Like or Dislike: Thumb up 1 Thumb down 0 (+1)

  5. @hemihua

    An objective precis of the Hobbit issue can be found here:
    http://www.guardian.co.uk/commentisfree/2012/nov/30/hobbit-actor-union-dispute

    It is clear that the issue had been resolved before subsidies were offered, and before the National Party passed the Employment Relations (Film Production Work) Amendment Bill http://www.legislation.govt.nz/bill/government/2010/0229/latest/whole.html

    Also, Peter Jackson stated himself that the production was never in danger of going overseas http://www.nzherald.co.nz/nz/news/article.cfm?c_id=1&objectid=10695662.

    With the Hobbit laying waste previous box-office records, I’m guessing that profits cannot be too high only if you believe that they can never be too high …

    I won’t address QE, but you should do some research. It can be a useful tool when used properly.

    Like or Dislike: Thumb up 1 Thumb down 1 (0)

  6. At the crux of all this is some perception that film workers in NZ are ‘poorly paid’ or mistreated.

    Actors are definitely poorly paid. Well, those without star status anyway. But that is the same in every country, there are far too many actors looking to far too many opportunities.

    And that is what all the static was about. Actors.

    The reality is that almost all the Actors who are part of Equity are not full time Actors, they are part timers, and, as the Hollywood reality goes, their proper job is to be part of the food service industry. Very few make the jump to full time well paid acting. They all started somewhere non-acting, for a few examples see here and here.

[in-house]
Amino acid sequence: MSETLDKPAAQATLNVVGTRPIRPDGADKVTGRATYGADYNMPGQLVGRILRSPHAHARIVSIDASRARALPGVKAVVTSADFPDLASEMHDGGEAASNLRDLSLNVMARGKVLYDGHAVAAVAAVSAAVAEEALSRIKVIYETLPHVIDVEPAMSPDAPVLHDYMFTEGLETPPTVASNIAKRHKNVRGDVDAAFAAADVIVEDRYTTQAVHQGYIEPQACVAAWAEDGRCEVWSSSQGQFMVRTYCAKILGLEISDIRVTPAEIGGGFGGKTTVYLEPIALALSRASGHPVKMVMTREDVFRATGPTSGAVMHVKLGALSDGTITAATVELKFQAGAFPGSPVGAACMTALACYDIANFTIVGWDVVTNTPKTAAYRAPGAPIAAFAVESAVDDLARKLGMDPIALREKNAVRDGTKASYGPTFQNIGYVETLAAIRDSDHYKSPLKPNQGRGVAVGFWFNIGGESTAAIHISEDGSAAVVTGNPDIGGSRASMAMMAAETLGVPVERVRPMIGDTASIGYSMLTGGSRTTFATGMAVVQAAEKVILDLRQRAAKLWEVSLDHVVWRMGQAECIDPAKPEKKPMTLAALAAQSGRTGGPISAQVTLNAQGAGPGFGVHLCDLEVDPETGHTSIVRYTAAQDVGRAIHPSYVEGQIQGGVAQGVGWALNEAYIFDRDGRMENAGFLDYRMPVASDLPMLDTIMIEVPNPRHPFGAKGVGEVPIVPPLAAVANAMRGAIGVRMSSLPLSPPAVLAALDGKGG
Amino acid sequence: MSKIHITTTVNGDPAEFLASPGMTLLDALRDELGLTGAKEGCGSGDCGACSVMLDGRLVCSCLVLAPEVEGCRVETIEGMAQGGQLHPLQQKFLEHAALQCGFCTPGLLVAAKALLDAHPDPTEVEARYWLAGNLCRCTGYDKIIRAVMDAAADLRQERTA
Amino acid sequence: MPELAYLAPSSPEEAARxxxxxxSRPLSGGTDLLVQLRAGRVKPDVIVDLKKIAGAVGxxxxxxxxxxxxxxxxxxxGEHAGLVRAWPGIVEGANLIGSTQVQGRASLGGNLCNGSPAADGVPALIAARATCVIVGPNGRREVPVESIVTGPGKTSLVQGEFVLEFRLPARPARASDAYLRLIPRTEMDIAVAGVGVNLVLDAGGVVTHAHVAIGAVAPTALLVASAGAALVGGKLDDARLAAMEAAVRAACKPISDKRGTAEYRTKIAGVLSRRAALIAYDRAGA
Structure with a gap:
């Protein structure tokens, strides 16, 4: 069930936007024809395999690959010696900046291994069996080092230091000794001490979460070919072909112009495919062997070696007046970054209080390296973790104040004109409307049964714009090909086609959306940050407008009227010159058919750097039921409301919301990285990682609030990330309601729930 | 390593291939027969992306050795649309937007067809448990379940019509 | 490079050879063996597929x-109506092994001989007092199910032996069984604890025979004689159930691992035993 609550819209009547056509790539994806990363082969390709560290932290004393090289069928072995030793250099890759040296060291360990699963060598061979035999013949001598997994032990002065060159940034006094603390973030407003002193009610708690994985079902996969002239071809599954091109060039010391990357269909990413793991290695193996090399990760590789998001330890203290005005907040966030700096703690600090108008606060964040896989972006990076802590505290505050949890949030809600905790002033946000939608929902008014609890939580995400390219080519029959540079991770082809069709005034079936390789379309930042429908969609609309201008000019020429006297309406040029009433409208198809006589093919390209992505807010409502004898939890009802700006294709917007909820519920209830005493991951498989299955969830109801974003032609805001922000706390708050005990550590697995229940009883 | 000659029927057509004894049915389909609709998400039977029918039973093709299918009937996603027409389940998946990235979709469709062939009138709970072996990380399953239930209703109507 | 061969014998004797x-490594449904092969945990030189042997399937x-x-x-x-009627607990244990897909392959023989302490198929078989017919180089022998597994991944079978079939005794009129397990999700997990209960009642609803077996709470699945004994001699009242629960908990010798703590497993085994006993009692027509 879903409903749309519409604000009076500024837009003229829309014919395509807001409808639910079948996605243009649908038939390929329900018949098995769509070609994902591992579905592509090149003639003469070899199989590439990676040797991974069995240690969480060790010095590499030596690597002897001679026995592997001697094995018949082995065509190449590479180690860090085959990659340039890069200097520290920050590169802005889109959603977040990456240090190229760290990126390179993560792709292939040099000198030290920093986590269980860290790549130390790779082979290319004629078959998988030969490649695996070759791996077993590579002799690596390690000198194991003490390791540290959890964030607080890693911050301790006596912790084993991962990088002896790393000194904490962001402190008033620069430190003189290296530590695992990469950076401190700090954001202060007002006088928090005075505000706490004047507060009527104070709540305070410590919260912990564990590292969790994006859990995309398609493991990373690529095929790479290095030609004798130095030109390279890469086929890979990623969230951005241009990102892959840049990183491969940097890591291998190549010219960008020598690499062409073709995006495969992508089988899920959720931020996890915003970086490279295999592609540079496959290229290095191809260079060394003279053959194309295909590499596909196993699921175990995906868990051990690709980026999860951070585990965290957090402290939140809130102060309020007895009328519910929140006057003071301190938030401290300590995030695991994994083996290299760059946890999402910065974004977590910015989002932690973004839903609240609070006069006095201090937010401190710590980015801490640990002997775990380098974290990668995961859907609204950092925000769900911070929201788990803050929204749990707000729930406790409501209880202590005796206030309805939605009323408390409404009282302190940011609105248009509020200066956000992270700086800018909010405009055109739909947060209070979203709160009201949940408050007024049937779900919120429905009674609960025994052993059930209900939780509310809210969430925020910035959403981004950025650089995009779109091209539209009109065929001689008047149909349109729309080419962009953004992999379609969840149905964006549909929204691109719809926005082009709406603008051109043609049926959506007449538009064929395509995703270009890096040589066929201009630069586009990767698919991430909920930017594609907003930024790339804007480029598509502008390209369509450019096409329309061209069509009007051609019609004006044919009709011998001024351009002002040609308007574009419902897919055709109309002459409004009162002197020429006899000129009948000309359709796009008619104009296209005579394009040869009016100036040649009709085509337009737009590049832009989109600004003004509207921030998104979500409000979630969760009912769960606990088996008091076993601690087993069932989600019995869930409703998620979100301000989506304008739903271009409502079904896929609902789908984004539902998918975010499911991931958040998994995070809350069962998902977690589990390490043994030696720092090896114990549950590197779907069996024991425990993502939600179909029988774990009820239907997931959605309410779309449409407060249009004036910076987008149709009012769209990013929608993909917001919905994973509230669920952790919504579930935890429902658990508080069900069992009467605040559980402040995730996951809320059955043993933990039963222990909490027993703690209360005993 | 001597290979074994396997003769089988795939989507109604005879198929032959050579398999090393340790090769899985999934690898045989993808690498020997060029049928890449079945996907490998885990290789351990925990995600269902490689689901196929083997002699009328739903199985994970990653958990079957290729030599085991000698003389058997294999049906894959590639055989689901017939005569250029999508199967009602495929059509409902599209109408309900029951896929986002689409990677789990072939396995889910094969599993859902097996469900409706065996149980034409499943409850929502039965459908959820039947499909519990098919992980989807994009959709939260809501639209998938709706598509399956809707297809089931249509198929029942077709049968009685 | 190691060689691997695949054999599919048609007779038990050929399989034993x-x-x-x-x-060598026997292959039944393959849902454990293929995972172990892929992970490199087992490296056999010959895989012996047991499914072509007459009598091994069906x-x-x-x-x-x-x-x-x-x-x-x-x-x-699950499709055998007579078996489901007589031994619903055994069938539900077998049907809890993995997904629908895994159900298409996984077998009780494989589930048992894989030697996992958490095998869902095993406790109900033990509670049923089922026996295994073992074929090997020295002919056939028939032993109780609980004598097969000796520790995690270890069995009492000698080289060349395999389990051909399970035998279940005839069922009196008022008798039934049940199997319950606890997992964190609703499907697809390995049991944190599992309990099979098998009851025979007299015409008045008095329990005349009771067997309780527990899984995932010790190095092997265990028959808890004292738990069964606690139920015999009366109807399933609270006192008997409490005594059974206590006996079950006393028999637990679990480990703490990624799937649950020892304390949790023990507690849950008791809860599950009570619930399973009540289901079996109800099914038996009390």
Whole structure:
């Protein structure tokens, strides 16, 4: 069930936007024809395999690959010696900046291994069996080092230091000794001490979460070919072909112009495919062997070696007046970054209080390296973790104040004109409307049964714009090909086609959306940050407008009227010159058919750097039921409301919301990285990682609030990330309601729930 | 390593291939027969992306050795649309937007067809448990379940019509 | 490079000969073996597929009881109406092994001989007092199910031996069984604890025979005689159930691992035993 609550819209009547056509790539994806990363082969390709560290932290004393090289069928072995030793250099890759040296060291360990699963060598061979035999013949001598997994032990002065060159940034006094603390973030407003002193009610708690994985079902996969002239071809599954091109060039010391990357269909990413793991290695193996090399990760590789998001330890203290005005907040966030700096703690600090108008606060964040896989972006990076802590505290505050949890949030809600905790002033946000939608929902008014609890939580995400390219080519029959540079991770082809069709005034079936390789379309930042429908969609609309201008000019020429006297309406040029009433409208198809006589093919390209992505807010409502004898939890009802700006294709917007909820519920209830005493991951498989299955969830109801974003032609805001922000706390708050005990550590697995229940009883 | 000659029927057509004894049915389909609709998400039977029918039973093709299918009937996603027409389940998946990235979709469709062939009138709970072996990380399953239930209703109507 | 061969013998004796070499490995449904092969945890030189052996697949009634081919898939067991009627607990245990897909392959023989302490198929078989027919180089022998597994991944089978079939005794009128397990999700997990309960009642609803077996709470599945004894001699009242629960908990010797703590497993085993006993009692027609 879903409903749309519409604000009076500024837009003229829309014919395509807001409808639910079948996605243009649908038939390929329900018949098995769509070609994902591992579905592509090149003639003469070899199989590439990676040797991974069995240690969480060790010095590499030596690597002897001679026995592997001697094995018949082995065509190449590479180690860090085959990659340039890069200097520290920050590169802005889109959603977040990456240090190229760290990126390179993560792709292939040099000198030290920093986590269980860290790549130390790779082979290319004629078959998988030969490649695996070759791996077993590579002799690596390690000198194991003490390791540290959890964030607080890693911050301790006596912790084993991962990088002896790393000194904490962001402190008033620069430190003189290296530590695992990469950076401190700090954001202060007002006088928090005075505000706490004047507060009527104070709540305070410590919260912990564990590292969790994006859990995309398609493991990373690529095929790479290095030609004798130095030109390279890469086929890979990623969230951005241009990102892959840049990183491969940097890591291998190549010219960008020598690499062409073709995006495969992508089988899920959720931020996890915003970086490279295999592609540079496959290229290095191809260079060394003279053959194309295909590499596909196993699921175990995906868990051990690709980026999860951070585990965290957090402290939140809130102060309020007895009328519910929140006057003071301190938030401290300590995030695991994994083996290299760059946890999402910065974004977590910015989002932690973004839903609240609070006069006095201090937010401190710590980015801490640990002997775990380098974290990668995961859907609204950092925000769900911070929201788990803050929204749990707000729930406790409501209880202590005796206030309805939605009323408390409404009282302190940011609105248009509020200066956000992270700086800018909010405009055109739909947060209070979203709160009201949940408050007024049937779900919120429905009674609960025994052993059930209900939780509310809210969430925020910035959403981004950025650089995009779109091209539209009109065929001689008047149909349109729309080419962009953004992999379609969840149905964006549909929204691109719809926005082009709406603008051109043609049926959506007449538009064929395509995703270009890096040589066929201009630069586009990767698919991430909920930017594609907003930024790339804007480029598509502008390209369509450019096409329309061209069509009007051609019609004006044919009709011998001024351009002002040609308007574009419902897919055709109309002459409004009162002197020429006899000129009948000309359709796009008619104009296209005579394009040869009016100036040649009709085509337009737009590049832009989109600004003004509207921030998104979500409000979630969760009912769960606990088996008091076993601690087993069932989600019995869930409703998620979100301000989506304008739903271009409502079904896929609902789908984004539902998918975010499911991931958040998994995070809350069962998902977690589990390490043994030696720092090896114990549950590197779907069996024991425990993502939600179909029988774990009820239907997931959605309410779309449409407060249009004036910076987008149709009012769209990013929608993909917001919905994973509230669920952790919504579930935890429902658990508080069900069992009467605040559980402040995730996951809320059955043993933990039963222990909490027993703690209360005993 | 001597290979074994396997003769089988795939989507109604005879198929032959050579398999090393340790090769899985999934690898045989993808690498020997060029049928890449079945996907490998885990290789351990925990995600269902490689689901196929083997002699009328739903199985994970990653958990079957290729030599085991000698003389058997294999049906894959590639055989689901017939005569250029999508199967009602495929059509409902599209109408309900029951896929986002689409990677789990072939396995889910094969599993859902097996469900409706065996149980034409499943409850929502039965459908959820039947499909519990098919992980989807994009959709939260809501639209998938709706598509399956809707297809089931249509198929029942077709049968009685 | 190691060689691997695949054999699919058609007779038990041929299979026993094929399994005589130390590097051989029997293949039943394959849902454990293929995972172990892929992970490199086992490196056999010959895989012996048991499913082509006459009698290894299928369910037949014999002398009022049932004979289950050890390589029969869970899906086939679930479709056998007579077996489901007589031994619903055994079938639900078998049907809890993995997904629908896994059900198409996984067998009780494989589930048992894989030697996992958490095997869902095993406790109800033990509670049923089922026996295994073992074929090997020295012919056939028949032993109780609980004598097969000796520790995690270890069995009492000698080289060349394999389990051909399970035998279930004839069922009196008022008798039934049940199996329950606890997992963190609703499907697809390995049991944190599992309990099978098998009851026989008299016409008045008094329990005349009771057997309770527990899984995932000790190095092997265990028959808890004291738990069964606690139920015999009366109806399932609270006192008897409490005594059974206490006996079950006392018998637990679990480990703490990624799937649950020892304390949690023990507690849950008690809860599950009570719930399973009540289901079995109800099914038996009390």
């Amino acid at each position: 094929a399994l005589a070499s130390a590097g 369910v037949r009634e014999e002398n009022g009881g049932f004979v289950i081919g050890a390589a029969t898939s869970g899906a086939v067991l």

But Actors aren’t actually “film workers”. Film workers are very happy with their lot, and they were the folk who marched in Wellington against the Actors, as the Actor’s actions threatened the livelihoods of the film workers.

    As I put it in another place, by way of illustration of the relationship, and absolutely intending no disrespect; if the film industry was the dairy industry, then the film workers would be Fonterra, and the Actors would be the cows.

    Like or Dislike: Thumb up 2 Thumb down 0 (+2)

  7. An objective precis of the Hobbit issue can be found here:
    http://www.guardian.co.uk/commentisfree/2012/nov/30/hobbit-actor-union-dispute

    Oops, not objective; author is Helen Kelly. However the assertions made are factual, as is the timeline. Just need to ignore some of the emotive language used.

    For the record, I like Peter Jackson. He does remarkable work, so I’m quite happy to give him (and Fran Walsh) a pass on his role in this fight and believe that he was simply played by Warner’s (despite overwhelming evidence that suggests he is a very smart and savvy guy).

    Like or Dislike: Thumb up 0 Thumb down 0 (0)

  8. But then again… (and certainly the first three sentences were correct!)

    We have been there and back again with The Hobbit – we were as keen as any other organisation or person to see The Hobbit filmed here, but it did not need to be at the expense of film industry workers rights.

    There is some very selective terminology here: the “film industry workers” are the people who protested against the union action…

    Like or Dislike: Thumb up 4 Thumb down 1 (+3)

  9. You’re right, the Helen Kelly piece in the Guardian was not the best choice.

    Like or Dislike: Thumb up 2 Thumb down 0 (+2)

  10. If anything it was probably unfair to overseas countries – but then so is printing money…

    Yet most of THEM are doing exactly THAT to US.

    }}:-[

    Like or Dislike: Thumb up 2 Thumb down 1 (+1)